Around which planets can we find moons that may contain life? A team of astronomers compiled a ranking of the best contenders.

In the meantime there are more than 5,000 exoplanets discovered† planets orbiting a star other than our sun. But we’re still waiting for the first confirmed discovery of an exomaán—a moon orbiting an exoplanet. Yet astronomers Vera Dobos (University of Groningen) and colleagues already tried to find out which exoplanets have the greatest chance of having a habitable moon.

### Outside the habitable zone

If you want to know whether life is possible on a certain planet or moon – at least, life as we know it here on Earth – you have to see if there could be liquid water. With planets you then have to rely on the so-called habitable zone: the ring-shaped area around a star where it is neither too cold nor too warm. An exomoon orbiting a planet in the habitable zone could therefore harbor liquid water – and thus life.

But a planet outside the habitable zone can also have a habitable moon. “If a moon gets close to its planet and has an elliptical orbit, it will experience tidal forces,” says Dobos. “That leads to friction in the interior of such a moon, which releases heat.” Heat that could also make liquid water possible.

### 100,000 moons per planet

To determine which planets are most likely to have such a habitable moon, Dobos and her team first looked at the full list of known exoplanets. They deleted the planets associated with stars that are too light to generate energy through nuclear fusion, the planets that are too massive, and the planets we know too little about to make much sense about them. After that they had 4140 left.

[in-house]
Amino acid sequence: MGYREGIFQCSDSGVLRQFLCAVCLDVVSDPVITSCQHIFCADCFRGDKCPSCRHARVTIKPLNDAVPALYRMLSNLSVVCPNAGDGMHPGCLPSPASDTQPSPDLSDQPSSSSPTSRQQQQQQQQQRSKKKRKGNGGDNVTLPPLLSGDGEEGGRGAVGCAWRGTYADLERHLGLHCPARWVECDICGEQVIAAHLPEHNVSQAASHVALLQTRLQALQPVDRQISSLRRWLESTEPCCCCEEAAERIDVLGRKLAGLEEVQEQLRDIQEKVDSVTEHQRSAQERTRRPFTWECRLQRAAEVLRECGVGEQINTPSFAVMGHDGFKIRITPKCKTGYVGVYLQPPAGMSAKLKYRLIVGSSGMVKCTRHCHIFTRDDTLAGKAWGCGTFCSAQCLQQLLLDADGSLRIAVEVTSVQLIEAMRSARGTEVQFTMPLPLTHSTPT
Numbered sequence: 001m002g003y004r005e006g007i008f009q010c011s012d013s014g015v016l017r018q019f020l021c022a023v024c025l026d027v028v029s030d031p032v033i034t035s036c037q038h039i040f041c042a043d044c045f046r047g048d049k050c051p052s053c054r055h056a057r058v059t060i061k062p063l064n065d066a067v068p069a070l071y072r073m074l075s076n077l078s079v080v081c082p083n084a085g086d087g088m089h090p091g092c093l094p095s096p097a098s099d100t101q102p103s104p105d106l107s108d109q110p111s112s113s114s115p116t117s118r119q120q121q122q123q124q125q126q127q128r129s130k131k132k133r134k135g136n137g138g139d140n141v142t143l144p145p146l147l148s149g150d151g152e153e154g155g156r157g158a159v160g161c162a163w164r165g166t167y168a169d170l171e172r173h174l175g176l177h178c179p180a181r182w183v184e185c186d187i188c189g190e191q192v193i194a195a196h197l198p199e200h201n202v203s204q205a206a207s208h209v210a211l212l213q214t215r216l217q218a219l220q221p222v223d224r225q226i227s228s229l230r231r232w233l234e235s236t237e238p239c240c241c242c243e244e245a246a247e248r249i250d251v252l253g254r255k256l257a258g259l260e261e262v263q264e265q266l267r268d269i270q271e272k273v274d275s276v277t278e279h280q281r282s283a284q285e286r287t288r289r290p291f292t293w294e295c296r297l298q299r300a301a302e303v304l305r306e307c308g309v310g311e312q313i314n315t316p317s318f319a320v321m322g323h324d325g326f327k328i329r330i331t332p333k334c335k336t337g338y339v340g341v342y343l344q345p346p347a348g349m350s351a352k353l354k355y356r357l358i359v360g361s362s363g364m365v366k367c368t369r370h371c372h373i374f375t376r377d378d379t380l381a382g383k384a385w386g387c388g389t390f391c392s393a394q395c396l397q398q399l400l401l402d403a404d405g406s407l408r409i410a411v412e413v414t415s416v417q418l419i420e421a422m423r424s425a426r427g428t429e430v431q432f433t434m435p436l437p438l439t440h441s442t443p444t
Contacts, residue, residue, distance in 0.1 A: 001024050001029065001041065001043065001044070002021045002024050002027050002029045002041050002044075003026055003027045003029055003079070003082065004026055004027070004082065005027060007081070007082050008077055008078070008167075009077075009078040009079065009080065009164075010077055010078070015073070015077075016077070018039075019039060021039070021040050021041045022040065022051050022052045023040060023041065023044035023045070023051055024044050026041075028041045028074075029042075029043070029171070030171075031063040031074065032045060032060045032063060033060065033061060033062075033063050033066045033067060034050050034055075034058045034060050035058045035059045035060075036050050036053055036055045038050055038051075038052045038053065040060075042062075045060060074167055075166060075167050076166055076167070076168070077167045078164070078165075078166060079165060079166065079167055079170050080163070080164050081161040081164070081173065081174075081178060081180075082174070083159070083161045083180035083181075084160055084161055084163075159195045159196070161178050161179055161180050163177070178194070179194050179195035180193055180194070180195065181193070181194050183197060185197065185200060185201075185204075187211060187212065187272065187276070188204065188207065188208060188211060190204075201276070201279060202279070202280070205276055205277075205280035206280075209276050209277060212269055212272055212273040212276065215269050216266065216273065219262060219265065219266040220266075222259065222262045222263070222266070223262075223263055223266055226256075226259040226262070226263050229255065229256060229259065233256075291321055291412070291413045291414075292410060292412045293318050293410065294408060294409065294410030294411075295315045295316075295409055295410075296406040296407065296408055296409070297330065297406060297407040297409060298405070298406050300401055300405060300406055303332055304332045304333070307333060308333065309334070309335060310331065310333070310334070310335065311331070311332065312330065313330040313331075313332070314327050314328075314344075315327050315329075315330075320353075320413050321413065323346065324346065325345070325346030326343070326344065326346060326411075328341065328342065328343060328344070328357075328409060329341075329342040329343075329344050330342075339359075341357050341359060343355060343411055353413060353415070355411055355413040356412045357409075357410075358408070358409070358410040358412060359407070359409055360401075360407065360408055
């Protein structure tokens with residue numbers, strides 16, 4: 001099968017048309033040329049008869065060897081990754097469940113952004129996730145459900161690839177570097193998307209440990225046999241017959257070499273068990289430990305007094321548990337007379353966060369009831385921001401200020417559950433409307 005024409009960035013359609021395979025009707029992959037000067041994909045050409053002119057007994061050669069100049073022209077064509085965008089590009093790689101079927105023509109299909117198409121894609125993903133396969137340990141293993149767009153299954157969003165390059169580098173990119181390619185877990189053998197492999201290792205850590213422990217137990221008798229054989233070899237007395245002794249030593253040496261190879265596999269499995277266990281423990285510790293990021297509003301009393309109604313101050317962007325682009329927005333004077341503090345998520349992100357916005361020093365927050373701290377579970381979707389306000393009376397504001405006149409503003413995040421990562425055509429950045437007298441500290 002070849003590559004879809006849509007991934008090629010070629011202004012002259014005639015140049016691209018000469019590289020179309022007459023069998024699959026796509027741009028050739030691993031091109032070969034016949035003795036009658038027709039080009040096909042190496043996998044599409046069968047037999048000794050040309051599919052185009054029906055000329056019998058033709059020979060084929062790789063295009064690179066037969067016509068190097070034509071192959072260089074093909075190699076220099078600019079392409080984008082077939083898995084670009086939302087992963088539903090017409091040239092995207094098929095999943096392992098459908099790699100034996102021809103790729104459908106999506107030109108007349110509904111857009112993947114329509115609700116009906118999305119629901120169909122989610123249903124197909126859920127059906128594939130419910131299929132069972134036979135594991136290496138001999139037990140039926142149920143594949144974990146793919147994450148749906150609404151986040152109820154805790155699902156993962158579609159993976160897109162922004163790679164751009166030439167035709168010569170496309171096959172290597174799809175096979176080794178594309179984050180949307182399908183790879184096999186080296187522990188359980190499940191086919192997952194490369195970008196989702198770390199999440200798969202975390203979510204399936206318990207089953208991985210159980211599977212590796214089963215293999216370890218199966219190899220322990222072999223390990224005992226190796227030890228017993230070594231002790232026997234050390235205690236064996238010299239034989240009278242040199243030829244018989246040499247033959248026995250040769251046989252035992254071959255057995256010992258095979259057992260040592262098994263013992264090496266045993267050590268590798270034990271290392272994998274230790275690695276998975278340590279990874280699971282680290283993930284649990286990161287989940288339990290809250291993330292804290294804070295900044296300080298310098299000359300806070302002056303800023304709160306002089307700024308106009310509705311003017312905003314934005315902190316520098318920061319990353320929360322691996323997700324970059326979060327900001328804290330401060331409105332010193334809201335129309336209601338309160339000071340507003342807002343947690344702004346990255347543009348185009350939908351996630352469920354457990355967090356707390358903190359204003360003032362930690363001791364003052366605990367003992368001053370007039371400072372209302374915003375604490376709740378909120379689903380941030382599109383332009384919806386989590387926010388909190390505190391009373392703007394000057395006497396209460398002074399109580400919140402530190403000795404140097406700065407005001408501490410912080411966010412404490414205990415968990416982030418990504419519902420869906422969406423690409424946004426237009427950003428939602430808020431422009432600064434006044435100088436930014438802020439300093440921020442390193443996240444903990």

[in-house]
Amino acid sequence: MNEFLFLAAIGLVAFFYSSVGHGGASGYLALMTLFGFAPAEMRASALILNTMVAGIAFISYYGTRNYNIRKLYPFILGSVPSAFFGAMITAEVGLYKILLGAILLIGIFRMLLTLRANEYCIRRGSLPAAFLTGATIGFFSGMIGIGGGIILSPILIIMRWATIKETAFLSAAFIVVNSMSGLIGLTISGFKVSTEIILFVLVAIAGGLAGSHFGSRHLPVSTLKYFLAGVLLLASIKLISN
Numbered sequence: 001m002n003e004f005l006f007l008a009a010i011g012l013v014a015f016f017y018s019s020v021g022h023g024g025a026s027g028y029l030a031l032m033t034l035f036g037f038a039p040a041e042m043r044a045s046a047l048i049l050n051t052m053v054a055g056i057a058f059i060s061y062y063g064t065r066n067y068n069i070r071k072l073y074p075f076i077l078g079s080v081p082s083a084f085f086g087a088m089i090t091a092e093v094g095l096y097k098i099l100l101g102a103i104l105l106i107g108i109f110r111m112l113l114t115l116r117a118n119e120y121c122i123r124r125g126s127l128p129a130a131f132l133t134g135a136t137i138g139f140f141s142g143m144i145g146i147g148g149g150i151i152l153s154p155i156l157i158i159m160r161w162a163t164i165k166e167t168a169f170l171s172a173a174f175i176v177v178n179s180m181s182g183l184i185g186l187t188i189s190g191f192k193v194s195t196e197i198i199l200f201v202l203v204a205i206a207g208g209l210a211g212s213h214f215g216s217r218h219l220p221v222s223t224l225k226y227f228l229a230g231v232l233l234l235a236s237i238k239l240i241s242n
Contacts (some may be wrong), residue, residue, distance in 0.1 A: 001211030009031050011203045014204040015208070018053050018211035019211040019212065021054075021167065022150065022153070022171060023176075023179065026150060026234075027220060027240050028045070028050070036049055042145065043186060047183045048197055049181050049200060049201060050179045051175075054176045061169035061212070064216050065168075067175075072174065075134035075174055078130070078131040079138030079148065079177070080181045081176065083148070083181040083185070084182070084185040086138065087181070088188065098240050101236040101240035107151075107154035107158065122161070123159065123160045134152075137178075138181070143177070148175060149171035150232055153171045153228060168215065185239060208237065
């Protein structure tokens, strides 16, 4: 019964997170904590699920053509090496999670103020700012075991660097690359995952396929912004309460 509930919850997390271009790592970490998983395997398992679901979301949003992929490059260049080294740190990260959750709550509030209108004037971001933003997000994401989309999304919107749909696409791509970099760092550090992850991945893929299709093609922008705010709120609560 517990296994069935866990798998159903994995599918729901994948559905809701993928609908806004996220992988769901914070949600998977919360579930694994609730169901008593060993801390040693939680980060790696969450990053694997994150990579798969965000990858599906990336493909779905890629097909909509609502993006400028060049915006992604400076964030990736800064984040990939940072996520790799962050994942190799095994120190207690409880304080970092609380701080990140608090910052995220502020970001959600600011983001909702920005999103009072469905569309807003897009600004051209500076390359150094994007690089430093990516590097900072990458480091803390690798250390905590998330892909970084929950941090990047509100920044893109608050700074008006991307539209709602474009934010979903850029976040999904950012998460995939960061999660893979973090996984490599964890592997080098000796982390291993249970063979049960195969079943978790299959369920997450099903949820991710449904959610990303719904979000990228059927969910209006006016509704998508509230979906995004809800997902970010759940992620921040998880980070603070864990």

For each of those planets, they then simulated 100,000 fictional moons with random properties. Then, based on the amount of energy they received, they looked at how many of those 100,000 moons could have liquid water. They called the ratio between the number of habitable moons and the total moon habitability probability, or the lunar habitability probability. In other words, if 10,000 of the 100,000 simulated moons orbiting a planet could harbor liquid water, according to the simulation, that planet’s lunar habitability probability was 10 percent.

### Not from top to bottom

Based on that habitability probability for any moons, the researchers then drew up a ranking, which can be found at the end of their article. At the top is the planet Kepler-459 b, with a habitability probability of no less than 70 percent. In second place is Kepler-456 b (shown in the illustration above), with 69 percent. It is followed by HD 7199 b, with 60 percent. You can find the whole list in this pdf, on page 7

So does this mean that astronomers who want to find habitable exomoons have to work through the list from top to bottom? No, says Dobos; she gladly leaves that choice to the scientists who read the article. “They have to determine for themselves which targets are most suitable for them, based on the observation techniques they use.”

### Moons as big as the Earth

And what makes exomoons so interesting that we are already talking about their habitability, even before the first specimen is found? “Anyway, it’s super interesting to find a habitable world, be it a planet or a moon,” says Dobos. “And if you also include moons, you greatly increase the number of places where life can occur. The most likely scenario is that there are more moons than planets. Moreover, there is no reason to believe that those moons cannot be as large as the Earth.”